By Leah Flannigan, AJGA Communications Intern
The man of the hour: Charlie Mechem
Not only does the AJGA Girls Championship showcase some of the best talent in girls’ junior golf, but it also recognizes an individual who has made significant contributions to women’s golf. The Betsy Rawls award started in 2009 and was given to Betsy Rawls, the namesake of the award. During her professional golf career, Rawls collected 55 LPGA wins, including eight major championships. Her achievements earned her a spot in the LPGA Hall of Fame and the World Golf Hall of Fame. Rawls blazed a trail for women’s professional golf, as it would not be what it is today without her.
Past winners have included Betsy King, World Golf Hall of Famer and three-time LPGA Player of the year; Cindy Davis, President of Nike Golf and former President of the LPGA; and Nancy Lopez, winner of 48 LPGA events and belongs to both the LPGA and World Golf Hall of Fame.
This year’s honoree is Charlie Mechem, former Commissioner of the LPGA from 1990 – 1995. During his time as commissioner, major sponsors were beginning to pull away from the foundation leaving the LPGA in a difficult position. Mechem was able to reinforce faith of the LPGA in its sponsors and even strengthened their relationship. Without his ability to bring stability to the organization during that time, the LPGA and women’s professional golf would not be as strong as it is today.
Five-in-a-row for Shannon Aubert
Shannon Aubert, a native of France residing in Champions Gate, Fla., has played every year at the AJGA Girls Championship since she was in eighth grade. To give you a timeline of how long that is, she will be starting this fall as a high school senior at the Annika Academy. The AJGA Girls Championship has been played at the Furman Golf Club for five years, all of which Shannon has been in attendance.
“It’s funny to go back on the course every year and know when I was younger I would hit a 3-wood at a certain spot on No. 7 and now I use an 8-iron.” Aubert said thinking back on when she played the course as a younger golfer.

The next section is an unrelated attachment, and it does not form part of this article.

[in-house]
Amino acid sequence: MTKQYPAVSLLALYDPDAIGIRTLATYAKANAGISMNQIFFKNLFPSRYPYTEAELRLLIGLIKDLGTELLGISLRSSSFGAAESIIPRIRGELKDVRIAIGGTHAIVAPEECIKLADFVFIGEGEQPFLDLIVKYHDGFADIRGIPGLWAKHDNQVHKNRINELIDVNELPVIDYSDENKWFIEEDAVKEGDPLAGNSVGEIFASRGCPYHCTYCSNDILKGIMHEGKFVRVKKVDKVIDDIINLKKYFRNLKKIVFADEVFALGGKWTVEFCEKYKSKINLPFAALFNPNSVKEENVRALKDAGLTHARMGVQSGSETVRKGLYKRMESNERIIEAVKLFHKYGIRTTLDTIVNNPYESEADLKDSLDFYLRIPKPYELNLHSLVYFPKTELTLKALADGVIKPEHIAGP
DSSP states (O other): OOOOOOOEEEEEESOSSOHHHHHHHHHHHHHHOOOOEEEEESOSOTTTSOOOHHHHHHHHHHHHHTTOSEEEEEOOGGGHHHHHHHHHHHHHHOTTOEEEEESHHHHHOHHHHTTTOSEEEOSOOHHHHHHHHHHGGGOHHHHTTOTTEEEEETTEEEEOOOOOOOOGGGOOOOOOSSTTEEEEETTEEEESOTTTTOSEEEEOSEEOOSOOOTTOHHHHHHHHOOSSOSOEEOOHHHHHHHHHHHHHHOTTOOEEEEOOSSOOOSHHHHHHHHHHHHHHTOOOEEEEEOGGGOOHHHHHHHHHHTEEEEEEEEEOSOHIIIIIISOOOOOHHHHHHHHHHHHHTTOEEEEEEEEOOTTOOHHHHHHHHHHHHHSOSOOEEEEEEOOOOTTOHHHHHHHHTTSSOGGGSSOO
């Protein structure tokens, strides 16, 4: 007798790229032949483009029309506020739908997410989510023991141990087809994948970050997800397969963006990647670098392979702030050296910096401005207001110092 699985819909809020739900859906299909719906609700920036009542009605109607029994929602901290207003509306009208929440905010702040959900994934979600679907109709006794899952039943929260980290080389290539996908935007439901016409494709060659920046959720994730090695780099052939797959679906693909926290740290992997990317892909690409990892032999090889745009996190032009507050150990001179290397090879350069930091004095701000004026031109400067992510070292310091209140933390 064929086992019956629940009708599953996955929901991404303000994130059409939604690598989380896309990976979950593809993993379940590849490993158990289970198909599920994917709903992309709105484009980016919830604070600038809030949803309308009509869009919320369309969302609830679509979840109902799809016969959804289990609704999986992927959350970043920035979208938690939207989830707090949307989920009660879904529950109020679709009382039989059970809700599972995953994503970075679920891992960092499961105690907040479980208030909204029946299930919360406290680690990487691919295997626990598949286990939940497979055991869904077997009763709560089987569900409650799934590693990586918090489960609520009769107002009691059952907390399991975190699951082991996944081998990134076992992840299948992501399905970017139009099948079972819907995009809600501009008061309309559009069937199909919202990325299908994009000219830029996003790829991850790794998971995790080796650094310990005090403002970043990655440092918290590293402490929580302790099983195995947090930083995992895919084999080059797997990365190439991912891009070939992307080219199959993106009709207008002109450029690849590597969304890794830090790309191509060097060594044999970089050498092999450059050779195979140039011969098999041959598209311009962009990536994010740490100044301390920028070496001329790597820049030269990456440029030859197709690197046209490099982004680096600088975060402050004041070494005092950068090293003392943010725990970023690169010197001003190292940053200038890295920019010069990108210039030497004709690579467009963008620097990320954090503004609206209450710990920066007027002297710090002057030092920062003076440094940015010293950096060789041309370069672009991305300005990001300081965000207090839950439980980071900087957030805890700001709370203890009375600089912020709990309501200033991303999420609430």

“I’ve seen this event start small and grow into an invitational-like tournament, it’s been really cool to see it develop.”
Since 2009, Aubert has finished in the top five three times, which includes two top-three finishes.
“I’ve played this tournament five times and have never won,” Aubert remarked about her past results. “Being in the top five is nothing to complain about though. In high school, I put a lot of effort into school, and as a result saw my game decline a bit. However, I realized that placing in the top five is nothing to complain about, it’s actually really good.”
Shannon’s hard work in school and golf has paid off. In July, she gave a verbal commitment to play for Stanford.
“I was talking to some other schools for a little bit but Stanford is definitely where I want to be. It has the perfect balance of athletics and academics.”
Throughout her junior golf career, Aubert has consistently been ranked within the top 12 and has even made appearances in the top five. She is a four-time first-team Rolex Junior All-American and was an honorable mention Rolex Junior All-American when she was 13-years-old.
This past summer, she played for the European team at the PING Junior Solheim Cup and gained an interesting perspective from the tournament.
“It was weird for me because I’m not an American, but I’ve played golf here my entire life and I knew everyone on the American team.” Aubert said.
The PING Junior Solheim Cup also gave Shannon a taste of what it would be like to achieve her goal of being a professional golfer.
“At the (PING Junior) Solheim Cup we were treated like pros, it made everyone work a little harder because we knew that’s where we want to be some day.”
To capture her dream of one day playing professional golf, she agrees that she will need time and growth as a golfer and a person to make it. Shannon also looks to Annika Sorenstam as a role model to one day mirror.
“I need to keep working on my game and college will help me get there. A lot of the top AJGA players are almost there. We just need more time, maturity and practice.”
Shannon also looks to Annika Sorenstam as a role model to one day mirror.
“I’ve gotten to know Annika quite a bit because I go to the Annika Academy and she represents women’s professional golf so well,” Aubert explained. “She is such a great golfer, so humble and giving.”
Shannon finished the 2013 AJGA Girls Championship tournament tied for fifth with a tournament total of 1-over-par 217.
Aubert has a bright future ahead of her and we wish her the best of luck in achieving her dreams.